Happy Meal? How to make dinner time more successful and enjoyable when feeding your young family.

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Women’s magazines, television advertisements, or Instagram.

There has always been a source of that picture perfect family image, sitting around a table, laughing, sharing wholesome food at a gorgeously set table. Everyone is eating, drinking, smiling.
No-one is crying, refusing their dinner, and there is not more food down on the floor than there is up on the table.

It can be difficult to swing the dinner pendulum from one end of the spectrum to the other (unrealistic) one. But there are some simple tips you can apply to dinner prep and meal time to make things run a little smoother, so that everyone eats, drinks and smiles… for at least some of the meal 😉

So what can I do?!

Prepare as much of the meal ahead of time as possible. It will decrease your workload around meal time, and help set a more relaxed tone in the eating environment. If possible chop, par-cook, or fully cook parts of the meal that can be prepared ahead, without tired, hungry little people clutching at your legs. If you are at home, this might be at lunchtime while little ones nap, or the night before or early morning if you are heading out to work.

While you finish cooking or assembling the meal, ask children to help out, with different tasks depending on their ages. Washing hands themselves, setting plates, cups and cutlery are small things, but if they can do these independently they are occupied, and have contributed to making things work, while you’re free to put the finishing touches on a meal.

Offer meals platter or buffet style, serving components separately where you can to allow kids to choose which parts of the meal they would like. For example, serving a new slow cooker curry on top of rice directly on a child’s plate may mean they refuse the entire meal. But having the curry, rice, naan and a child friendly selection of vegetables separately at the table may mean your child tries more. Even if they don’t choose a food first time around, having it remain available to them, and seeing others eat and enjoy it, increases their exposure to the food.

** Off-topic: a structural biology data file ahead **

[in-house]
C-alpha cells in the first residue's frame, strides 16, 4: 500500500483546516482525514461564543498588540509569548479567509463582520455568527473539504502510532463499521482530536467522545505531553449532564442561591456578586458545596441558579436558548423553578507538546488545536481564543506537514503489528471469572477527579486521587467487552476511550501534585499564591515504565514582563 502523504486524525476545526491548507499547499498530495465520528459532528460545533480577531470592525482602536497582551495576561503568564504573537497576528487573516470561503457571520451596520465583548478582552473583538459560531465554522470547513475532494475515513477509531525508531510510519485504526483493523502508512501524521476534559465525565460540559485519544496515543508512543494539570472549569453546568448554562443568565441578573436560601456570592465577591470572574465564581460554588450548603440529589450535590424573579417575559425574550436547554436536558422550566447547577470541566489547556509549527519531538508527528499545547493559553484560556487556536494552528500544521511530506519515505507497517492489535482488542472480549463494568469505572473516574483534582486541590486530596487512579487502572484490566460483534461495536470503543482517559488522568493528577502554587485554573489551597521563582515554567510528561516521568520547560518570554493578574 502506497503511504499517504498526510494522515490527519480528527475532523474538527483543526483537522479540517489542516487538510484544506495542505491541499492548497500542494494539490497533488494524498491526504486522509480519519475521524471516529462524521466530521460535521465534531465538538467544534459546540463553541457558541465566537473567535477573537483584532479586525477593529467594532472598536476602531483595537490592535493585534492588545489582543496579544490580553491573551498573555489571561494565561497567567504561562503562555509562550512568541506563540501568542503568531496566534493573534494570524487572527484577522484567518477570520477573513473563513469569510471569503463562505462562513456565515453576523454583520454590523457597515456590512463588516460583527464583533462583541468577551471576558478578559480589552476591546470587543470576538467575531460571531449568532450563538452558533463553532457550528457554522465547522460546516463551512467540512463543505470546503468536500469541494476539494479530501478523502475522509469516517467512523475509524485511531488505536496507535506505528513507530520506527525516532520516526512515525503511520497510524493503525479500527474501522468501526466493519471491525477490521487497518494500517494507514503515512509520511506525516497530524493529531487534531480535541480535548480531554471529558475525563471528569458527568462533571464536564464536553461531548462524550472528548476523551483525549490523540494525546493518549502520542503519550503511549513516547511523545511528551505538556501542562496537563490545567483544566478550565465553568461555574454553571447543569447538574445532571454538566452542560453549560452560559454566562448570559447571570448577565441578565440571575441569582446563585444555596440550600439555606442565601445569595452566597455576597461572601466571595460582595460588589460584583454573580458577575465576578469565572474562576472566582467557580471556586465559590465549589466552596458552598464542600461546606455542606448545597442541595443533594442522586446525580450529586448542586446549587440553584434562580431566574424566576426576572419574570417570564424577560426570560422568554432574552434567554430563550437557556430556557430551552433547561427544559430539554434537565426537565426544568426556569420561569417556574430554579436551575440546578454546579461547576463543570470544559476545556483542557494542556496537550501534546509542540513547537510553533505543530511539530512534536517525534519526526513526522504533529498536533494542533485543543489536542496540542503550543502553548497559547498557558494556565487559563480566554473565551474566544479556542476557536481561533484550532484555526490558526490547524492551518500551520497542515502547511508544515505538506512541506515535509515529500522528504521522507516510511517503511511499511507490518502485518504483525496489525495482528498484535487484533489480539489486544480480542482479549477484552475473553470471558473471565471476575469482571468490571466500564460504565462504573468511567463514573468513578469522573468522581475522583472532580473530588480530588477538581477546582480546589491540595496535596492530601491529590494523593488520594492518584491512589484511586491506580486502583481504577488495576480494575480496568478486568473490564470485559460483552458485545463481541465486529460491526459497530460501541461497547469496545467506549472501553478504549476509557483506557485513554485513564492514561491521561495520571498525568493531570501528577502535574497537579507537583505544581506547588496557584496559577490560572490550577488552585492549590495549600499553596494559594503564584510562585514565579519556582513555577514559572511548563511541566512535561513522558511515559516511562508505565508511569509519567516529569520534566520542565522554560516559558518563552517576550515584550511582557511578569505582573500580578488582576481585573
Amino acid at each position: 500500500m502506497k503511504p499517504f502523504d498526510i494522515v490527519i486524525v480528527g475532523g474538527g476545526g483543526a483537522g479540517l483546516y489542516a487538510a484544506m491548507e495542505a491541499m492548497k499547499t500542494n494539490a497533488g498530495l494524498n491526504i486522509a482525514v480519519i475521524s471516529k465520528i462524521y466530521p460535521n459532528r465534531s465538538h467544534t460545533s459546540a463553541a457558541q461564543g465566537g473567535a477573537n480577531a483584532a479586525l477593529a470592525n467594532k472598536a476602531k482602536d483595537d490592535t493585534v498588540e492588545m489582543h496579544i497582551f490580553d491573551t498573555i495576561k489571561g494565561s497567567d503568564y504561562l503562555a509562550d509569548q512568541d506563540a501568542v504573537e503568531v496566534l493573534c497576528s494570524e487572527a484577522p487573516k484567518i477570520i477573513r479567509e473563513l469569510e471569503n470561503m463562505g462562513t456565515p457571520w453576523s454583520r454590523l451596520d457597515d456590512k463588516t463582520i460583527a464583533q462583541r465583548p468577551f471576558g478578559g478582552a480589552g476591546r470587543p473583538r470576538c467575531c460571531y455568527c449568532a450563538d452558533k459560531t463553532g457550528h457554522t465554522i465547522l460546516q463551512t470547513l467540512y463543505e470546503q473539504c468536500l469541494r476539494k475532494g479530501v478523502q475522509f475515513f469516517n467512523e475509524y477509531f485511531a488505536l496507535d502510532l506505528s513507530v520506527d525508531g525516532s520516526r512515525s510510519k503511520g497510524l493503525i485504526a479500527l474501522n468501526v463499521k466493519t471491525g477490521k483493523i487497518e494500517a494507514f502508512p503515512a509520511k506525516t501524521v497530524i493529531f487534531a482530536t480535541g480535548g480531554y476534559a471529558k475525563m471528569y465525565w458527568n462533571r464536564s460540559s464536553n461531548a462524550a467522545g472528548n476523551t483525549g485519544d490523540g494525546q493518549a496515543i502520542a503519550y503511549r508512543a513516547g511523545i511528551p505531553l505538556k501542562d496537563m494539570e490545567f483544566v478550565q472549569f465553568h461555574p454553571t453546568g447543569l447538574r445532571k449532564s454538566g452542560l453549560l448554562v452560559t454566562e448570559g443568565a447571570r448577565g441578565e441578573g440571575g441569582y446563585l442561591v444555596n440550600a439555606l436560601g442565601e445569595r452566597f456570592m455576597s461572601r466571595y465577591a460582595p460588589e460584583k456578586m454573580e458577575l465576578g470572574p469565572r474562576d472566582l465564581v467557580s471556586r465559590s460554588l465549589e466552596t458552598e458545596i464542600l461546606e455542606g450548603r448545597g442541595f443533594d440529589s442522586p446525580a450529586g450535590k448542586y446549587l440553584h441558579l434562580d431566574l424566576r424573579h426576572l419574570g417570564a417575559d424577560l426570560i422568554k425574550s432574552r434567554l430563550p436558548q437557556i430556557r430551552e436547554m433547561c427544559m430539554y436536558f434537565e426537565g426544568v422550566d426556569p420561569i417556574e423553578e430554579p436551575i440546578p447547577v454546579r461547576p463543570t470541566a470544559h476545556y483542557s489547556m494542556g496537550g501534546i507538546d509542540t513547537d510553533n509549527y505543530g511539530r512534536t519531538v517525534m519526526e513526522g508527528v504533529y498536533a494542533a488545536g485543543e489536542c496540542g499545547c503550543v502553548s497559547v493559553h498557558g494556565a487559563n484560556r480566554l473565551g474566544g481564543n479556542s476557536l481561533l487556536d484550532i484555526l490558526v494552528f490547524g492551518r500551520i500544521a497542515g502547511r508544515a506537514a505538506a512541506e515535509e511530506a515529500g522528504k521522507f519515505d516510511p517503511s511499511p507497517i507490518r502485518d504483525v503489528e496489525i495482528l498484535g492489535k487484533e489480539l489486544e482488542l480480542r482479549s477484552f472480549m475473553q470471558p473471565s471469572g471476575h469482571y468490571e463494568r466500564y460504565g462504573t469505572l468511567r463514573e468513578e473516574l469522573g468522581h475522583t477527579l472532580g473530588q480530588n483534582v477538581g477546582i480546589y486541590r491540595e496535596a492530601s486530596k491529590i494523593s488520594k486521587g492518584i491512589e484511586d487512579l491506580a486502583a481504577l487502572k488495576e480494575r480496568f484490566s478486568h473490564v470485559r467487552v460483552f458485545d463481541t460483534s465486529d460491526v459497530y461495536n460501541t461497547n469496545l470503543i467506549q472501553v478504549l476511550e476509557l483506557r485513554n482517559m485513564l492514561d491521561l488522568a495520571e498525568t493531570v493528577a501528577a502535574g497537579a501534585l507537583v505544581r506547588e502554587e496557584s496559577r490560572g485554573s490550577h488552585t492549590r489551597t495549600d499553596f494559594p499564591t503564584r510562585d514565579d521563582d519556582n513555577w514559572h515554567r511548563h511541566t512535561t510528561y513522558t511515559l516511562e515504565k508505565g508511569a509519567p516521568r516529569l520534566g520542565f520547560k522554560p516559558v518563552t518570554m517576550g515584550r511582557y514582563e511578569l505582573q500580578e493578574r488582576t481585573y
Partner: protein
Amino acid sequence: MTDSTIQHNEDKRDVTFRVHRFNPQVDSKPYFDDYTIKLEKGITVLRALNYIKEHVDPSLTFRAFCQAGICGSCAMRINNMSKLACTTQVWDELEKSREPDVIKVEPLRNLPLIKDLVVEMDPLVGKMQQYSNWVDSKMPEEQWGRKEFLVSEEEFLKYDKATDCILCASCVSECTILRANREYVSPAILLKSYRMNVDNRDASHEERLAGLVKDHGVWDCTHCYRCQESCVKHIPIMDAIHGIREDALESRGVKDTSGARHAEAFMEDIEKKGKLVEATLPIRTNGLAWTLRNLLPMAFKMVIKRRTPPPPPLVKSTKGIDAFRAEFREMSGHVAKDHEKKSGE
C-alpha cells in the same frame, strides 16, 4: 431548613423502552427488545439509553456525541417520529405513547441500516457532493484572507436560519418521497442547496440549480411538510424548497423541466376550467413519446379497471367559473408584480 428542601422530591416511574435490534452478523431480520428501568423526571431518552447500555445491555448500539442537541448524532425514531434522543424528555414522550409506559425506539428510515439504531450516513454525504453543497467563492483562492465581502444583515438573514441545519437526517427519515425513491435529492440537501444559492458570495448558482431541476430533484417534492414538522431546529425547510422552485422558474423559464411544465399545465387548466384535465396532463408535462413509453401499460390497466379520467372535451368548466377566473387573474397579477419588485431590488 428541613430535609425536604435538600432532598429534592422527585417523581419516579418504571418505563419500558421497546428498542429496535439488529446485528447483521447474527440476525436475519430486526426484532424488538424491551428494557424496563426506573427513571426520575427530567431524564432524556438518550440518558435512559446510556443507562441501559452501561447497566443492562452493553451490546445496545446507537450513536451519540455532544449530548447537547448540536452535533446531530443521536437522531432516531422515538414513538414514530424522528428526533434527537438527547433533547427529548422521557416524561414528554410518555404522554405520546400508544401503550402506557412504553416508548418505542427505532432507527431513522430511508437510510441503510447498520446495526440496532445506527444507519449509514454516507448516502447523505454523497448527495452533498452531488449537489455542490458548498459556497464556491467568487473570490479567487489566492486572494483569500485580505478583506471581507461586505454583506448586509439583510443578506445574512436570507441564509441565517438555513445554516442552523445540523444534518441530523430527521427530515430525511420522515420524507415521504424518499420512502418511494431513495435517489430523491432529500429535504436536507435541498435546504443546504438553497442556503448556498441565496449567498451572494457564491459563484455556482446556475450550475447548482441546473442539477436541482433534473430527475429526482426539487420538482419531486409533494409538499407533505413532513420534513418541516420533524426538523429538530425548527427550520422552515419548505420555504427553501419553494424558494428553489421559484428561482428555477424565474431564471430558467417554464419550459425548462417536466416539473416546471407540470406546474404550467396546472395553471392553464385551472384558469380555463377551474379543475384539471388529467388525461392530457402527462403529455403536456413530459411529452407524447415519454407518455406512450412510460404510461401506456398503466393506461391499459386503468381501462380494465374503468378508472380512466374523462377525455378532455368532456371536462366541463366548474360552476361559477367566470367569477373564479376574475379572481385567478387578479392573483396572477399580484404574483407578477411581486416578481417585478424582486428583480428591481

Allow family members to season a meal to their tastes. Many people leave out large amounts of hot spices from family meals, like pepper and chilli, but allow them to be added at the table. But try offering other seasonings too – like lemon wedges, parmesan, dukkah, fresh herbs, pesto, tomato relish, smoked paprika… the list goes on! You may be surprised what your children enjoy. ( It may not be the best example, but throw back to the days of adding tomato sauce to a meal that wasn’t quite your favourite as a child… get my drift?!)

Consider having one or two “non-threatening” foods available when trying a new meal with tastes or textures that may be challenging for some members of the family. If serving a new meal, offer an item like bread, grated cheese, or salad vegetables that your child can eat comfortably, and still participate in the family meal time.

Finally, and most importantly, don’t feel the entire success of a meal, and whether or not your child eats it, is your responsibility alone. ‘The parent provides, but the child decides’ is the central message from Ellyn Satter’s Division of Responsibility in Feeding. Once you’ve done your job as parent, providing a wholesome meal in a relaxed environment, the rest is up to your child. Try to sit back and enjoy meal time for what it is – a family sharing together. Following this mantra can result in children progressively eating more of the family meal, enjoying a larger variety of foods, and a greater feeling of contentment at the family dinner table for everyone involved.

Angela @ Bloom 🌿

Bloom


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